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The Fight for Second Place Is Tight

Donald Trump Conquers the Iowa Caucus


Photo Courtesy of Unsplash

Former President Donald Trump started off strong Monday night with a victory in Iowa. His defiant bid to return to the White House began with a record-setting performance securing 51% of the caucus votes, blowing past Florida Gov. Ron DeSantis (21%) and former United Nations Ambassador Nikki Haley (19%). The results of the caucuses, posted by the GOP on Jan. 15, reveal that 98 out of 99 Iowa counties voted for Trump. 


“I think it was an expected result of Trump winning for the Republican Party, however the amount he beat DeSantis by was surprising,” junior Kayla Iarossi said. “The future election will be affected by these results as our party is choosing its leader and the more than likely next president of our country.” 


The Iowa caucuses mark the first major contest of the presidential primary season. They consist of electoral events held for both parties where voters meet together or “caucus” to discuss each candidate and then place their vote in a secret ballot at the end. The caucuses have historically indicated which candidate will continue to do well in the following contests and Trump's sweeping victory demonstrates his dominance in the Republican Party. 


“Trump’s margin of victory certainly presents a real challenge going forward for both DeSantis and Haley,” Maclay parent and Trump’s lawyer Chris Kise said. “At some point, the battle for second place becomes irrelevant if Trump continues to dominate.”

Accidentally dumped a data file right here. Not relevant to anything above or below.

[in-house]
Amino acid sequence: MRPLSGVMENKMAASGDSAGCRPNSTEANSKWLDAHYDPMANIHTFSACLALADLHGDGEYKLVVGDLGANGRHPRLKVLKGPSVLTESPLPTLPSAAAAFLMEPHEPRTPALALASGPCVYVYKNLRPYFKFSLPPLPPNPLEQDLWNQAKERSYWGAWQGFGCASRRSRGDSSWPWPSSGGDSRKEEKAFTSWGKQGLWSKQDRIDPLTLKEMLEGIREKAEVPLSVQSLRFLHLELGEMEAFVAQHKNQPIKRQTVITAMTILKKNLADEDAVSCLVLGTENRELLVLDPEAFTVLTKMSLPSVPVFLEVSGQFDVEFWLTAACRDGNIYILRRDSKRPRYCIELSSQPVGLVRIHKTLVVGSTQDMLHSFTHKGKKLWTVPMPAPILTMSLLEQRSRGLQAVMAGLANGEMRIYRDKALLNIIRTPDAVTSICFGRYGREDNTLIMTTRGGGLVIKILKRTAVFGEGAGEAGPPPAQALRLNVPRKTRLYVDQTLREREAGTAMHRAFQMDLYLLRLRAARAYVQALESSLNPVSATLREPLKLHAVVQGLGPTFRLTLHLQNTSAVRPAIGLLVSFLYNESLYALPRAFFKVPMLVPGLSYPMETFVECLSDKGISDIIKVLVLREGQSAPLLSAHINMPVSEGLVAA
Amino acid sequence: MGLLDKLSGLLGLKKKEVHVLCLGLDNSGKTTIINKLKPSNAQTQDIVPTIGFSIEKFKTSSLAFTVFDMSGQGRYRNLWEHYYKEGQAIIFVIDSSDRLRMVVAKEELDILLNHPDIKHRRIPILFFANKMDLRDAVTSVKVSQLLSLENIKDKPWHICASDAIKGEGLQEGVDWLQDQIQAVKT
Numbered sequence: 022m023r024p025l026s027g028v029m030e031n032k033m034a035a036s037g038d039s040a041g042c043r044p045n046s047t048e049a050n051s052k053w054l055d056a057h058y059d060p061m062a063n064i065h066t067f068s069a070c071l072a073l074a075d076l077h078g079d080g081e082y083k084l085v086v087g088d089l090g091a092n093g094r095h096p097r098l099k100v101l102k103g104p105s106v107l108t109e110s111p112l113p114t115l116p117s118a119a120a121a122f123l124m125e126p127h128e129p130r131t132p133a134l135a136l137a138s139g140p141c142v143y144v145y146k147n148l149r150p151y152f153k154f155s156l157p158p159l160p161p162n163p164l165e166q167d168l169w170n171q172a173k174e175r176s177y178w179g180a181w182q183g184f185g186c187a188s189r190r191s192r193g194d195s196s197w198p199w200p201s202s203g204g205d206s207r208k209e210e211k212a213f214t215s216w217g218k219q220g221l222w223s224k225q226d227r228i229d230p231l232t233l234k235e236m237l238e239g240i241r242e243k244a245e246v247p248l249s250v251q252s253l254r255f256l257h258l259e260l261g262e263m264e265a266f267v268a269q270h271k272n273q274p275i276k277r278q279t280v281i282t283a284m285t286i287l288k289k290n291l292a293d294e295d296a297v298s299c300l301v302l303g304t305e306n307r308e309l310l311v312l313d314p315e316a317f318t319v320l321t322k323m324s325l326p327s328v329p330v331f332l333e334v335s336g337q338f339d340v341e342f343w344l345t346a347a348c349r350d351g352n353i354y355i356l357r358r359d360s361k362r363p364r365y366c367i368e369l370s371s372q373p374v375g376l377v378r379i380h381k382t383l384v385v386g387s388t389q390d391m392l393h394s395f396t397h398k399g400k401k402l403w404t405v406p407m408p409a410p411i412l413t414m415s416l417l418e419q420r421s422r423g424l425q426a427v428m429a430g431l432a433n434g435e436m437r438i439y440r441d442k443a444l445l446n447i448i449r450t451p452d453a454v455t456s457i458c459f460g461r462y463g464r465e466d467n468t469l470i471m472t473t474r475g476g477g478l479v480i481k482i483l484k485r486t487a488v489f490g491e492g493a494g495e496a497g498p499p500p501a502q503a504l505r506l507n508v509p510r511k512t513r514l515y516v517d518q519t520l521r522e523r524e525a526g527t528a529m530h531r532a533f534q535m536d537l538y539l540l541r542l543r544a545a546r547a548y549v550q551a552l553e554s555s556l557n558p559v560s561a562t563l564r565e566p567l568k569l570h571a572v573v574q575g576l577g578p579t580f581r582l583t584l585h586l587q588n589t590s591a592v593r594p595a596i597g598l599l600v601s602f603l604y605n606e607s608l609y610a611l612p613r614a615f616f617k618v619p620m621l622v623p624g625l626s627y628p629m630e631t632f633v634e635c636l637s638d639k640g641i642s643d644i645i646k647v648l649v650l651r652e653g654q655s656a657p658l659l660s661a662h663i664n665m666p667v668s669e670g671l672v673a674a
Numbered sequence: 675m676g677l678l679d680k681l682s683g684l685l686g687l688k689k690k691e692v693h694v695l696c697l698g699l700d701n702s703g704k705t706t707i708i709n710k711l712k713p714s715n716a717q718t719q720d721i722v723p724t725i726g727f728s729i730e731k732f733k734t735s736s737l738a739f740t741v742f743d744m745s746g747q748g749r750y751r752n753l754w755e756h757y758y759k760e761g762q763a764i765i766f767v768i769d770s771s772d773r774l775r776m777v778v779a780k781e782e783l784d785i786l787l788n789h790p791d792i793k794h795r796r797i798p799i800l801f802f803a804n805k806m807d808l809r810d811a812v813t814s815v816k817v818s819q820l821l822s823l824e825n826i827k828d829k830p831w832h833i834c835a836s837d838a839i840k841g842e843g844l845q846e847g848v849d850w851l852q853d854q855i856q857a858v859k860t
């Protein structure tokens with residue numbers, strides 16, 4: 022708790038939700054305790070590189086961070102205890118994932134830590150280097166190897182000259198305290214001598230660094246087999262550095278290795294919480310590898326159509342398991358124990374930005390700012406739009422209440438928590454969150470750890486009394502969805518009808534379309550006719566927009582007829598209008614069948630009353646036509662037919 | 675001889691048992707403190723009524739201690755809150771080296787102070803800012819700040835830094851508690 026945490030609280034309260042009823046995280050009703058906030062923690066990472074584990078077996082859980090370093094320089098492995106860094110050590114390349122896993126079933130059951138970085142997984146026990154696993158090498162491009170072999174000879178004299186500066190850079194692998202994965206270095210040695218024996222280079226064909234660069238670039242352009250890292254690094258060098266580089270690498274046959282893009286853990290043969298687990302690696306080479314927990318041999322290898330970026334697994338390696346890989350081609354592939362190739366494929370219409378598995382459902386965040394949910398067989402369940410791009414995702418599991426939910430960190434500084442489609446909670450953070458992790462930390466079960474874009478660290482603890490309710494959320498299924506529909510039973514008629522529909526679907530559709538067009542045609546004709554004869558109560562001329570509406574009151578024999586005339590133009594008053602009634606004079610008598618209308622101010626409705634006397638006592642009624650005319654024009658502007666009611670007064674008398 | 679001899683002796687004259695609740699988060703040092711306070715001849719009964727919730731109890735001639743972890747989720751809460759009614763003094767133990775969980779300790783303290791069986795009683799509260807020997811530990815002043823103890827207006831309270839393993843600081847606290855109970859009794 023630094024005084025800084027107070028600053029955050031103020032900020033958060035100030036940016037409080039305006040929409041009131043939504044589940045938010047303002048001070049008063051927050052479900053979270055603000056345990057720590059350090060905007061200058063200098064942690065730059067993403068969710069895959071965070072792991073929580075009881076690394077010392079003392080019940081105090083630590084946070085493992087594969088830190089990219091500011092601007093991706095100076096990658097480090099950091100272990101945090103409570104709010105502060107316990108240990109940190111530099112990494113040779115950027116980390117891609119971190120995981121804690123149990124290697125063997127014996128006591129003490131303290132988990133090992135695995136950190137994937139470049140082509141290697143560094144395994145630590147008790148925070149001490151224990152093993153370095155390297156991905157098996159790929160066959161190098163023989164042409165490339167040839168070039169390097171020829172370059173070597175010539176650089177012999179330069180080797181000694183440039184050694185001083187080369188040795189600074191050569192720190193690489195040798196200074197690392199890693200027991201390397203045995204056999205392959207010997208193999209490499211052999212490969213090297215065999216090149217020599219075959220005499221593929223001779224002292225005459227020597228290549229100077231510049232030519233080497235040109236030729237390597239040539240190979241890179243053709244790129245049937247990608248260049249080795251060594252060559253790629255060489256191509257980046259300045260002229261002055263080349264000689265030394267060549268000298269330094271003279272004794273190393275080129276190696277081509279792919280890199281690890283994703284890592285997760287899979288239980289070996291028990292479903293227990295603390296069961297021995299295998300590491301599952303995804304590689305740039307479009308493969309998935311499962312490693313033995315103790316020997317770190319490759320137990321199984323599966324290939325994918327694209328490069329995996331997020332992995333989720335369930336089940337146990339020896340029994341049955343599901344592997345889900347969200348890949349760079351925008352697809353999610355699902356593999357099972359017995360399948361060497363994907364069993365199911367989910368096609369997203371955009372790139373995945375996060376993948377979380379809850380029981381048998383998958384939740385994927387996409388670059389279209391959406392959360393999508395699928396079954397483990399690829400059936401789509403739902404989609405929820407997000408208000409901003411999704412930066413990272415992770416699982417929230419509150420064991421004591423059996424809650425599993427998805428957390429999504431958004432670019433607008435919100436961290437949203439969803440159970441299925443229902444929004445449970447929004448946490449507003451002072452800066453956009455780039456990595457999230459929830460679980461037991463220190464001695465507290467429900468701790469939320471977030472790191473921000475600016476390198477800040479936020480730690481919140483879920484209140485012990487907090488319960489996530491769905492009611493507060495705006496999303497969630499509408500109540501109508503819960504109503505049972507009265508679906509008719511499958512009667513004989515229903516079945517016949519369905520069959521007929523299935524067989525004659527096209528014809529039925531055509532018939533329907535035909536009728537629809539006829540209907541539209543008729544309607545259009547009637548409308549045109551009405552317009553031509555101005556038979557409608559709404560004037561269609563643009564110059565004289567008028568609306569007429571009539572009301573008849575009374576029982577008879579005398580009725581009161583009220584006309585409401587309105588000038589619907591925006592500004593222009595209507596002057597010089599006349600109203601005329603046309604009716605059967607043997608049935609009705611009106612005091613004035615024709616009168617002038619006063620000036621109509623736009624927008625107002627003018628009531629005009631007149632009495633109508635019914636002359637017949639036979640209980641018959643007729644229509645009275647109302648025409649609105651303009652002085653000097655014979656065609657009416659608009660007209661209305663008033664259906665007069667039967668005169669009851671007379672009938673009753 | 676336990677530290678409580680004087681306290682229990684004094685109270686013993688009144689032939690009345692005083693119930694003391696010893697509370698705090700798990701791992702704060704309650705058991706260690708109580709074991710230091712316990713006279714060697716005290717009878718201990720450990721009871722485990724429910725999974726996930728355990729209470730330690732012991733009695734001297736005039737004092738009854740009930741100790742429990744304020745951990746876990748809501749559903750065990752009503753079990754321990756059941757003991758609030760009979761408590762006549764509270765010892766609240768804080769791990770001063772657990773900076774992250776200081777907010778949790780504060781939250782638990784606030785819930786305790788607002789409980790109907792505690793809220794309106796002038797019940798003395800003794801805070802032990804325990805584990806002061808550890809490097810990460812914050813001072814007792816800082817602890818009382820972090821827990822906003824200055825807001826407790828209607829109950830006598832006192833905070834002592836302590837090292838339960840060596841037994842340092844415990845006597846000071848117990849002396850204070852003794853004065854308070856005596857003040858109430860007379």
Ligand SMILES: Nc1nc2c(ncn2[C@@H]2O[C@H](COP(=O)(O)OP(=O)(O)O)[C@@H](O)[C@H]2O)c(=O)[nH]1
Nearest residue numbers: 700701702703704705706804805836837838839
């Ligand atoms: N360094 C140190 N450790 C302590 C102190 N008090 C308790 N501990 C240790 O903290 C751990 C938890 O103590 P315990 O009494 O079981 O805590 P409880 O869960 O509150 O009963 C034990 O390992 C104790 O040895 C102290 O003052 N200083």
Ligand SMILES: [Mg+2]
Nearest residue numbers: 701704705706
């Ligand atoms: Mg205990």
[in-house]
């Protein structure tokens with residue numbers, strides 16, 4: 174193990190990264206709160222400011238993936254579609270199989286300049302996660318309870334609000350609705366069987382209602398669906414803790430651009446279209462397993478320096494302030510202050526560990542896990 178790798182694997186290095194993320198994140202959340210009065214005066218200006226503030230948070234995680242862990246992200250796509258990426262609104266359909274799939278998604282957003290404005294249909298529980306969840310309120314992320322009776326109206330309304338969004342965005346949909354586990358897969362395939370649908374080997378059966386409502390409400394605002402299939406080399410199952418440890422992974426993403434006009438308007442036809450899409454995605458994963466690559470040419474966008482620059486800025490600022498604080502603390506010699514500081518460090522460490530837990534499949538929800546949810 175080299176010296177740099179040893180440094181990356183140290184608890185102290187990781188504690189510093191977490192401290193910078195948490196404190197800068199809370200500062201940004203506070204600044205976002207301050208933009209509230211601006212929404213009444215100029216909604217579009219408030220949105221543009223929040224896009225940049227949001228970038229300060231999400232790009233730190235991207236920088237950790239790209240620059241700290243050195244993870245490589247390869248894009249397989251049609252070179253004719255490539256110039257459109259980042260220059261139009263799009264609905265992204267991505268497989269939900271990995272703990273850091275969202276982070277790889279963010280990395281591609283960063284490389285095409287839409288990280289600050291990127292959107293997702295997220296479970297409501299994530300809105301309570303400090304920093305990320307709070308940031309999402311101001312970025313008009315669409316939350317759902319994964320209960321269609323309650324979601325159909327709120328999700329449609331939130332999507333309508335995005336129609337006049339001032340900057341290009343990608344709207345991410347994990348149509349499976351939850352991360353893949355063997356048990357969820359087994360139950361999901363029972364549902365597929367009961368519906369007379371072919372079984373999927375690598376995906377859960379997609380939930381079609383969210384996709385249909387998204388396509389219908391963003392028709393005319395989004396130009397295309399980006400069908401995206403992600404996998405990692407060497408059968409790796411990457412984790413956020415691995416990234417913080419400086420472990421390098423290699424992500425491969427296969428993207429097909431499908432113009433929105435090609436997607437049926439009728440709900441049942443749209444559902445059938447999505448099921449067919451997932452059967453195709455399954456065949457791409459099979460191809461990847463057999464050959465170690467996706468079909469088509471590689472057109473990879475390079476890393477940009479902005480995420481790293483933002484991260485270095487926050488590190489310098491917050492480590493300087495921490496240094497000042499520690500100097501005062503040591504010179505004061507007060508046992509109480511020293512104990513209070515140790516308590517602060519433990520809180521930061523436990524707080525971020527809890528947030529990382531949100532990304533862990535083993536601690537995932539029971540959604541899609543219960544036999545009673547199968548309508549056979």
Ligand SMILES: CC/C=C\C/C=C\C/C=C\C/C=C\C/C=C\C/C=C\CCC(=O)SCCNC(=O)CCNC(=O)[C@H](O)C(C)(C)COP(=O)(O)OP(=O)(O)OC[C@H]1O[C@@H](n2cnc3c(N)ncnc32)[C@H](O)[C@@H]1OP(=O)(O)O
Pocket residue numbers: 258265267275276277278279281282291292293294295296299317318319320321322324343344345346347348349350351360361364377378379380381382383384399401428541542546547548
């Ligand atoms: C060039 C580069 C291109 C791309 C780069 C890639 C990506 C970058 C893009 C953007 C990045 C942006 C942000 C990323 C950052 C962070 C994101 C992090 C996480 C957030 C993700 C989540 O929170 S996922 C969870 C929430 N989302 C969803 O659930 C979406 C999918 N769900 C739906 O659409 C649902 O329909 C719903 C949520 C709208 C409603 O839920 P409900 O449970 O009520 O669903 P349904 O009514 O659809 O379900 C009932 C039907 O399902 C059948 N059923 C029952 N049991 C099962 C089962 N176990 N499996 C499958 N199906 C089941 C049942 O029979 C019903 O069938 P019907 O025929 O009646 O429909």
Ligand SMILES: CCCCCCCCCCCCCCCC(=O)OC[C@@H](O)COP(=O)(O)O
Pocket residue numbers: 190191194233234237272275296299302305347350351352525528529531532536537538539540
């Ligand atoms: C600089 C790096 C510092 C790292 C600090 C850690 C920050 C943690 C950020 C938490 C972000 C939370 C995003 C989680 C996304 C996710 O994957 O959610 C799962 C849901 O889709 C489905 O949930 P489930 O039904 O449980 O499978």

The close fight between DeSantis and Haley was even accompanied by some controversy as to who won second place. While DeSantis was able to gain more overall votes than Haley (21% to 19%), Haley’s single vote win in Johnson County was the only obstacle in the way of a Trump shutout. Many DeSantis supporters continue to claim that he is the leading alternative to Trump. However, because of Haley’s more centrist approach, she is projected to outpace DeSantis in New Hampshire where the electorate is more centrist. 


“The results of the Iowa caucuses hurt the other republican candidates,” senior Brinkley Snow said. “We probably will end up with Trump as the nominee and Trump vs. Biden in the general election.”


The next Republican presidential primary is scheduled to take place in New Hampshire on Jan. 23. The race for second place will continue as DeSantis and Haley alternate as Trump’s main opposition. According to the Wall Street Journal, large numbers of independents typically vote in the GOP primary which may give Haley more supporters due to her centrism. Additionally, some crossover Democrats may be motivated to widen Haley’s support in an effort to weaken Trump’s ability to secure the nomination. 


The results in New Hampshire may well further narrow the race for the Republican nominee. A strong performance by Haley will give her much needed momentum heading into her home state of South Carolina where she is already projected to prevail over DeSantis. Meanwhile, Trump will be looking for another powerful win in New Hampshire, hoping to close out the nomination early. 


“This historic margin of victory establishes Trump as the front-runner and clears the path forward heading into New Hampshire,” Kise said.

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